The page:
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115. Chinese Overlapped egg pancakes

Chinese egg pancake recipe

Chinese pancake with salad

Yesterday, when I was browsing online, by a chance, I came across an article about Chinese food in the ‘Independent’, which, to be honest, was rather disappointing.

Well, I mean, Chinese cuisine is very difficult to describe in a few words, or even in a short article. There are huge regional and ethnic differences, not to mention that there are different kinds of food that are used for health and  medical purposes; there are also plenty of common/everyday recipes as well as rare ones, traditional ways of cooking and modern ways. Not all the dishes I would like to have myself, and sometimes I even find some of them can be too strange to eat, but to judge Chinese cuisine fairly, I think you have to look at the whole picture.

Hopefully, if I am not lazy and can be persistent enough on this blog, I will gather enough information on Chinese regional, and ethnic dishes, as well as more different kinds of cuisines within China. :))

Talking about modern Chinese dishes, there are lots of changes, or say new ‘inventions’ these days. Most of these ‘new’ dishes, I have never even seen or heard of before, until my friends and family introduced them to me when I went back to China on holidays.

These modern ways of cooking  normally involve using new ingredients ( new vegetables, herbs, or even Western ingredients) into the dishes, or ‘playing around’ with the usual ingredients, by using different combinations to create a new taste or a new way of eating, or just simply bringing the recipes from almost hundreds years ago, and adapt them to modern taste.

So, today I have a guest post to share a new recipe, just to give you some ideas about modern Chinese cuisine. The guest is —- ha… — is my dearest dad! He agreed to let me share this dish — it is too beautiful not to share, really. He made this when inviting guests for Chinese new year.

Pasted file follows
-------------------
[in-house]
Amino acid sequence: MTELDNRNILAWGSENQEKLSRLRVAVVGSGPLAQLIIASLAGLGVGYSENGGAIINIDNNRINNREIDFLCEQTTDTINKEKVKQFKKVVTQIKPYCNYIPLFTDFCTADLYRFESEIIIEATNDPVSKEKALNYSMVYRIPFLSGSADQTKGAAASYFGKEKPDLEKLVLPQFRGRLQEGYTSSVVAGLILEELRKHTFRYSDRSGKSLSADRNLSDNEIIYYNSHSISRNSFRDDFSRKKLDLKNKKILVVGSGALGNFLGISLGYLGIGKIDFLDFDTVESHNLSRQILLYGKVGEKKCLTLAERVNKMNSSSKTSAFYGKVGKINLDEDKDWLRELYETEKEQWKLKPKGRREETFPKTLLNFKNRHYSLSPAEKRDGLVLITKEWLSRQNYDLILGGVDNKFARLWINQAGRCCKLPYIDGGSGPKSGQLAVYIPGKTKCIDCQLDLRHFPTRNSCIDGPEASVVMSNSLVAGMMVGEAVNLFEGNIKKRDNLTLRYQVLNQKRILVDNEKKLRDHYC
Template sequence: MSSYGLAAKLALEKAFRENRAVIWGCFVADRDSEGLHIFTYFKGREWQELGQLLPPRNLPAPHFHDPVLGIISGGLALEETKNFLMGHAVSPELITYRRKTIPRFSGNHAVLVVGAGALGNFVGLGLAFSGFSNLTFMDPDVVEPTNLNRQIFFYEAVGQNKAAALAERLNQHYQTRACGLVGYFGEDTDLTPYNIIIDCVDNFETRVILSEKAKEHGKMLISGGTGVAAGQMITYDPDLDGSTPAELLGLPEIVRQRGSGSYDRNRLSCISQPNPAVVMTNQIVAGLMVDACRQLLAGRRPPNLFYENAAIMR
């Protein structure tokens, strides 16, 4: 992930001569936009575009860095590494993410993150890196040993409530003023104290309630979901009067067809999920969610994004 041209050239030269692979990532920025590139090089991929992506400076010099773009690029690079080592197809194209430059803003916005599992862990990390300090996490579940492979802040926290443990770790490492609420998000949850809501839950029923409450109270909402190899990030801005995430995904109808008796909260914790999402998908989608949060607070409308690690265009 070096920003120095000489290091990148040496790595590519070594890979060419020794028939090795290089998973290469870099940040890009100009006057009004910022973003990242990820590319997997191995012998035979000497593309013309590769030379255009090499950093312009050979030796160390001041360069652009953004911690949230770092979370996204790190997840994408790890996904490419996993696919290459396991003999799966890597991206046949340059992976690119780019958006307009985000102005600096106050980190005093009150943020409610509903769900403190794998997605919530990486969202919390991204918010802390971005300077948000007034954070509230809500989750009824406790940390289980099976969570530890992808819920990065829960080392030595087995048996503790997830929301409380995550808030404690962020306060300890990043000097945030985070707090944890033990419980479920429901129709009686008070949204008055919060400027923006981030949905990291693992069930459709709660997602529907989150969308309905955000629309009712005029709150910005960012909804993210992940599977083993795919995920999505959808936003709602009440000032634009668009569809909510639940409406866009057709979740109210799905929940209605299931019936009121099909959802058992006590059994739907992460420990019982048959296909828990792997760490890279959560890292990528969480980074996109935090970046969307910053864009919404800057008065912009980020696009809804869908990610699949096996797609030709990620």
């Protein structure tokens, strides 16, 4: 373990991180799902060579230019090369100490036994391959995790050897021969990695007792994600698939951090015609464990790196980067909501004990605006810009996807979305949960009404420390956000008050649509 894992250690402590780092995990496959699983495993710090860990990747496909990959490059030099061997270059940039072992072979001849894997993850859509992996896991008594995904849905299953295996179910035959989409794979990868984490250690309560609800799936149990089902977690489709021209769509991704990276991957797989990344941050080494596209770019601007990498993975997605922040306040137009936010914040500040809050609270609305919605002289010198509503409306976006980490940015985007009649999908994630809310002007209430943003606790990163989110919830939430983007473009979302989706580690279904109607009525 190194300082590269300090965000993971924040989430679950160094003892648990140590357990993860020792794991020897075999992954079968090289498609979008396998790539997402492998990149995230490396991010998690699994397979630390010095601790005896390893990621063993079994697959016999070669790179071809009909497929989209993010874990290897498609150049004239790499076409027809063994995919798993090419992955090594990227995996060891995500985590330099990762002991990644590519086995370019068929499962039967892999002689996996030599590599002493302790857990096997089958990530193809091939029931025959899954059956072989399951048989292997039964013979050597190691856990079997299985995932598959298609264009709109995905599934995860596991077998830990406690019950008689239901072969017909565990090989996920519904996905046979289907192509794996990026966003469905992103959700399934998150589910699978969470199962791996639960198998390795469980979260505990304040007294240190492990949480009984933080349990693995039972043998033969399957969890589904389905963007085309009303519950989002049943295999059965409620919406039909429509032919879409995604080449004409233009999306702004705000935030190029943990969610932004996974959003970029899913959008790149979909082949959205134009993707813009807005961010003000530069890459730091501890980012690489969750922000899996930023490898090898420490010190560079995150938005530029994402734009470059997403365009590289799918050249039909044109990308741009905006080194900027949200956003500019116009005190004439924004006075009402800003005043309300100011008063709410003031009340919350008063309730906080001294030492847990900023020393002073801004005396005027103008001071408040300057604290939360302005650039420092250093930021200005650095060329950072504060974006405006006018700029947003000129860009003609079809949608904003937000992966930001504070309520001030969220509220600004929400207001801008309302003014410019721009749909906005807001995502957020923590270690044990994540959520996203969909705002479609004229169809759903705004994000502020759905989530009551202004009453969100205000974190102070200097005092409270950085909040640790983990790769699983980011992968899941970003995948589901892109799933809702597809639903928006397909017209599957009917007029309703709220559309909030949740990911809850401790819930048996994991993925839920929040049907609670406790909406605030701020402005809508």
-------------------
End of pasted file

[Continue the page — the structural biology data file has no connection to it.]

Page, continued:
Where should I start — my dad is a true artist. Unlike me, whenever he cooks, he always tries to present the dishes in a beautiful way. Did I ever mention that he used to prepare a dish that was presented as a  ”zoo” — with two ‘pandas’, ‘small hills’, ‘grass land’ and ‘bamboo’? It was so beautiful that in the end nobody was willing to ‘eat’  the ‘panda’.

This recipe is one of his latest ‘inventions’, he calls it “huang tu gao po’, referring to the ‘Loess Plateau’ in central China, where hills are constructed with yellow soil one layer after another layer. (See the picture below.) The recipe he made is actually very simple — he made the ‘layers’ with simple Chinese egg pancakes, and spread some mixed spring onion and carrot on top of each layer. It can be eaten warm or cold and tastes fresh and light, good to serve as a side dish, or instead of staple food on the dining table.

Image source: city2011.house.sina.com.cn

Here is how he made it. (When he made it, he did not know it was going to be shared here, so he could not remember the exact amount of each ingredients. Here is what he roughly explained to me.)


Egg, flour, salt, oil.

Spring onion, carrots.


1) Whisk the eggs and add in a little bit water, gradually add in plain flour and salt. The mix is not supposed to be thick. (Depending on how many layers you like to prepare, you can choose the amount of eggs and flour. If you like, check my recipe on making egg flat bread.)

2) Chop the spring onions into small pieces.

3) Shredded carrots.


1) In a flat sauce pan, add a few drops of oil.

2) When the oil is 50% hot, add in a ladle of egg and flour mix. Gently move around the sauce pan, let the egg and flour mix evenly spread on the sauce pan.

3) Before the top surface of the pancake getting completely done, (not totally dried yet), spread prepared spring onion and carrots on the top, so that the spring onion and carrots can be ‘embedded’ in the pancake. (But of course, some of the pieces will be still just on the top, but it does not really matter.)

4) Remove the pancake to a plate. And keep on making the rest of ‘layers’, until the small top layer.

My dad’s suggestion for making one layer smaller than another — use a little less egg and flour mix when you next layer, until the small layer on the very top.

When coming to eat it, it can either be eaten layer by layer, or chop in to four portions, and have a few layers at the same time. Hope you like it. And all the love to my dearest dad!

Related posts:

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36.Won ton and wonton soup!! I (The pastry sheet and fillings)
117. A rice recipe: Chinese Tofu fried rice (Vegan)


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